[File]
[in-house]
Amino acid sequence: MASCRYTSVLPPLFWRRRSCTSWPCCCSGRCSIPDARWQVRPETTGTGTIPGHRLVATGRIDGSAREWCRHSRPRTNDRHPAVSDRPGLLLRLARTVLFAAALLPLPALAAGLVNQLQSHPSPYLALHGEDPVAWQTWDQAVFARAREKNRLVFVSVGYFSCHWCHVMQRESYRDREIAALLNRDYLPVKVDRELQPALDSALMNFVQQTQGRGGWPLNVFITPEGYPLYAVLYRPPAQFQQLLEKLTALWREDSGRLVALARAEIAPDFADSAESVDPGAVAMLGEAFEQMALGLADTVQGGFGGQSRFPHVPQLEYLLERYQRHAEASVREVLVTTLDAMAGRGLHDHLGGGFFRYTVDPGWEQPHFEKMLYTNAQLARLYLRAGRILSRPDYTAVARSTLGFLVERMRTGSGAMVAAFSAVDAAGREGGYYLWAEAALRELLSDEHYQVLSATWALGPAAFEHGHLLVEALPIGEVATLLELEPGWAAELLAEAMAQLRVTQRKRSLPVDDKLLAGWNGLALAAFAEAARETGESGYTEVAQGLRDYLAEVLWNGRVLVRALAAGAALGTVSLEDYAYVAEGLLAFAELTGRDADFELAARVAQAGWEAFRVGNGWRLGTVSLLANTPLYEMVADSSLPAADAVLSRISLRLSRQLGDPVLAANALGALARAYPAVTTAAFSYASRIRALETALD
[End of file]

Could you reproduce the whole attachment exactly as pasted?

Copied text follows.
[in-house]
Amino acid sequence: MASCRYTSVLPPLFWRRRSCTSWPCCCSGRCSIPDARWQVRPETTGTGTIPGHRLVATGRIDGSAREWCRHSRPRTNDRHPAVSDRPGLLLRLARTVLFAAALLPLPALAAGLVNQLQSHPSPYLALHGEDPVAWQTWDQAVFARAREKNRLVFVSVGYFSCHWCHVMQRESYRDREIAALLNRDYLPVKVDRELQPALDSALMNFVQQTQGRGGWPLNVFITPEGYPLYAVLYRPPAQFQQLLEKLTALWREDSGRLVALARAEIAPDFADSAESVDPGAVAMLGEAFEQMALGLADTVQGGFGGQSRFPHVPQLEYLLERYQRHAEASVREVLVTTLDAMAGRGLHDHLGGGFFRYTVDPGWEQPHFEKMLYTNAQLARLYLRAGRILSRPDYTAVARSTLGFLVERMRTGSGAMVAAFSAVDAAGREGGYYLWAEAALRELLSDEHYQVLSATWALGPAAFEHGHLLVEALPIGEVATLLELEPGWAAELLAEAMAQLRVTQRKRSLPVDDKLLAGWNGLALAAFAEAARETGESGYTEVAQGLRDYLAEVLWNGRVLVRALAAGAALGTVSLEDYAYVAEGLLAFAELTGRDADFELAARVAQAGWEAFRVGNGWRLGTVSLLANTPLYEMVADSSLPAADAVLSRISLRLSRQLGDPVLAANALGALARAYPAVTTAAFSYASRIRALETALD